Democratic Rep. Kendrick Meek, who is running for U.S. Senate in Florida, may be pushing his electoral pursuit with dwindling support from operatives in his own party.
Randy Schultz at the Palm Beach Post notes this week that with Florida's August 24 primary election just weeks away, Meek has yet to secure support from Democratic operatives, who he arguably should have courted months ago:
Rep. Meek isn't running a sharp campaign because he's never had to. In 2002, his mother, Carrie Meek, announced two weeks before the qualifying deadline that she would not seek reelection to the Miami congressional seat she had held for 10 years. She asked that people vote for her son. They did, and they have.
In four election cycles, Rep. Meek has faced one challenger - in a primary. The candidate got 10 percent. In every general election, Rep. Meek has been unopposed. Running statewide in Florida, you have to fight for every county. Rep. Meek hasn't even had to fight for his own district.
Earlier in the race, Meek had appeared to be a competitive contender in a tight three-way match up against Republican-turned-independent Gov. Charlie Crist and former Florida House Speaker Marco Rubio; however, with Crist's recent shift leftward on a host of political issues and billionaire Democrat Jeff Greene's decision to jump into the race, Meek's chances of winning seem to have dimmed.
Meek also appears to be making his bid with perhaps less-than-expected support from the White House and other big Democratic names. The Hill reports:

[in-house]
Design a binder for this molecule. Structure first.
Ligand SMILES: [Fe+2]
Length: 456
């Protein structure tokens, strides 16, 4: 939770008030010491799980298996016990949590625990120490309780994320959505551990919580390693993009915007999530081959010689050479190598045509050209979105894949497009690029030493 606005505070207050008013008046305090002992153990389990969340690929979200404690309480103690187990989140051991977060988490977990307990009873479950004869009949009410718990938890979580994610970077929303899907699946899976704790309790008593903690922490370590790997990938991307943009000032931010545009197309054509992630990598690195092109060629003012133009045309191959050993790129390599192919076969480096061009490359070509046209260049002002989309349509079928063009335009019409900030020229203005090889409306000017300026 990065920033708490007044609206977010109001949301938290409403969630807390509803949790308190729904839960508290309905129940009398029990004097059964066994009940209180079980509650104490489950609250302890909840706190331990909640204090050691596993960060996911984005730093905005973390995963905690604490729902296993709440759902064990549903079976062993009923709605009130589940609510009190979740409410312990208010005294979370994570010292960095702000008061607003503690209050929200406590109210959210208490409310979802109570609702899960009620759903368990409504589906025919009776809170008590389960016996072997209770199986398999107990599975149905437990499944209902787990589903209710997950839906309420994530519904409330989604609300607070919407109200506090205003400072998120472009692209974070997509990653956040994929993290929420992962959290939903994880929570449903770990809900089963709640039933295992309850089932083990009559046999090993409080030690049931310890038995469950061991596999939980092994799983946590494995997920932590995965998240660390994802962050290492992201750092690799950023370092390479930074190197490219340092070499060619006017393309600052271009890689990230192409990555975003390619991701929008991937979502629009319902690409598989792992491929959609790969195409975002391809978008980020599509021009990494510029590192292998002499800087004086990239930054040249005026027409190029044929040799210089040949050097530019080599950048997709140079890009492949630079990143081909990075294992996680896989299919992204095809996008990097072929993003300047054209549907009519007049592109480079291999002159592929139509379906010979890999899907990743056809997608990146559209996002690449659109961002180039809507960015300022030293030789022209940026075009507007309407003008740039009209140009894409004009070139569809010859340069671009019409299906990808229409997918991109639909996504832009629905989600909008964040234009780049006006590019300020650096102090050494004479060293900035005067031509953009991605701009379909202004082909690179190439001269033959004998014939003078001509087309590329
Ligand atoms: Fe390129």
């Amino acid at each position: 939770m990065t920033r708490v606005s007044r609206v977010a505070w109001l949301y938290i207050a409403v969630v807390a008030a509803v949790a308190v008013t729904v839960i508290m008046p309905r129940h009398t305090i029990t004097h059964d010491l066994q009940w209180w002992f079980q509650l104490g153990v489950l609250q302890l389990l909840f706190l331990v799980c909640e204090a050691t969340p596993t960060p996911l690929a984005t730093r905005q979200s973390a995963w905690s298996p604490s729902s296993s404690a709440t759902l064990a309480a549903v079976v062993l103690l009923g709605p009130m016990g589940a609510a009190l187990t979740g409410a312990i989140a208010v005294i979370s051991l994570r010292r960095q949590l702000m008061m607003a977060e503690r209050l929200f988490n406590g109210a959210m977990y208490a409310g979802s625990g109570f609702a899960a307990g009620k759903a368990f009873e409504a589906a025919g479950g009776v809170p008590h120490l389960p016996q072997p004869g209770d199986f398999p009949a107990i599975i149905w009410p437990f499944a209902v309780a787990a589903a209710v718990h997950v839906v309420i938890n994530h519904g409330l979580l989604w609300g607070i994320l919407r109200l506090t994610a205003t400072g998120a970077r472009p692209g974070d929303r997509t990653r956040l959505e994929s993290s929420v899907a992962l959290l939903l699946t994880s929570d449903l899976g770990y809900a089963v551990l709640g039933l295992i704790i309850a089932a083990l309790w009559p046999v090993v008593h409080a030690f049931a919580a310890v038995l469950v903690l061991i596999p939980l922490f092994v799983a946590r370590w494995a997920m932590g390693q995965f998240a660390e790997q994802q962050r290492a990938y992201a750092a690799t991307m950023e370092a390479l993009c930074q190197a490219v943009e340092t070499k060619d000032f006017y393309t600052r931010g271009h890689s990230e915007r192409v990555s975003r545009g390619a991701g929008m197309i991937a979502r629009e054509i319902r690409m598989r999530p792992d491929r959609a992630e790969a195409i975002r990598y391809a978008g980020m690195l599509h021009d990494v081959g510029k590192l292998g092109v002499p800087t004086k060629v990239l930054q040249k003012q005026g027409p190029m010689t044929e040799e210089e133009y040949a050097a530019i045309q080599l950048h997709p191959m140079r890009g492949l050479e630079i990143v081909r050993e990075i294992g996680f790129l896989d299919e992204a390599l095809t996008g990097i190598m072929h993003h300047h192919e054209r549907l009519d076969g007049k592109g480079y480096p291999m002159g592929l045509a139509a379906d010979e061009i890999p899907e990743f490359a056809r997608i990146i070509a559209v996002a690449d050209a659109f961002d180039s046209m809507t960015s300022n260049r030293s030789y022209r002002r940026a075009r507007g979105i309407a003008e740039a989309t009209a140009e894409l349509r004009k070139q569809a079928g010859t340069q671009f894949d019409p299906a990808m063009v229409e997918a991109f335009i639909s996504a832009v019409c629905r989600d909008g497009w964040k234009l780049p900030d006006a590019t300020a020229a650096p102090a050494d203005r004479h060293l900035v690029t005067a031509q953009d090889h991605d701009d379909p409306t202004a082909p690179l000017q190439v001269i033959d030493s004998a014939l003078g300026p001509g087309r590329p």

The White House has said Meek is their candidate in Florida, but there have been questions about how much support the administration will offer the congressman, who's facing an increasingly tough August 24 primary against a wealthy, self-funding challenger.
Biden and former President Bill Clinton have hosted fundraisers for Meek but Obama hasn't campaigned with him -- at least not yet.
Clinton as well as former Democratic National Committee chairman Howard Dean have both penned fundraising e-mails to Meek supporters on the Florida hopeful's behalf, but the effectiveness of their efforts to deter some backers on the left from lining-up behind Crist remains in question.
The St. Petersburg Times reports on the Florida Governor's success in raking in campaign cash from the left side of the political spectrum:
By bolting from the Republican Party, Gov. Charlie Crist has one place left to raise big money in his race for the U.S. Senate: Democrats.
A governor who once courted conservatives by calling himself a "Jeb Bush Republican" is getting help from liberal trial lawyers, union activists and even elected Democrats, who are shunning their party's Senate hopefuls, wealthy Palm Beach businessman Jeff Greene and U.S. Rep. Kendrick Meek of Miami.
Last month, Florida Republican Congressman Adam Putnam may have been right when he suggested that Crist is "a more powerful draw for Democratic votes" than Meek. And now, the Florida Democrat also has a bitter primary match-up against Greene on his hands.
The Democratic Senatorial Campaign Committee has come out and stated its unwavering support for Meek's candidacy over that of Greene; however, when DSCC chair Sen. Bob Menendez was recently asked about the Crist factor, the New Jersey Democrat appeared to all but avoid discussing the matter.
The latest polling data to come out on the Florida Senate race shows Crist expanding his lead in the state's general election. So while Meek continues to battle for the Democratic nomination against Greene, he would also have to contend with a viable threat from the Florida Governor who appears to be proving successful in locking-up support from the Democratic base.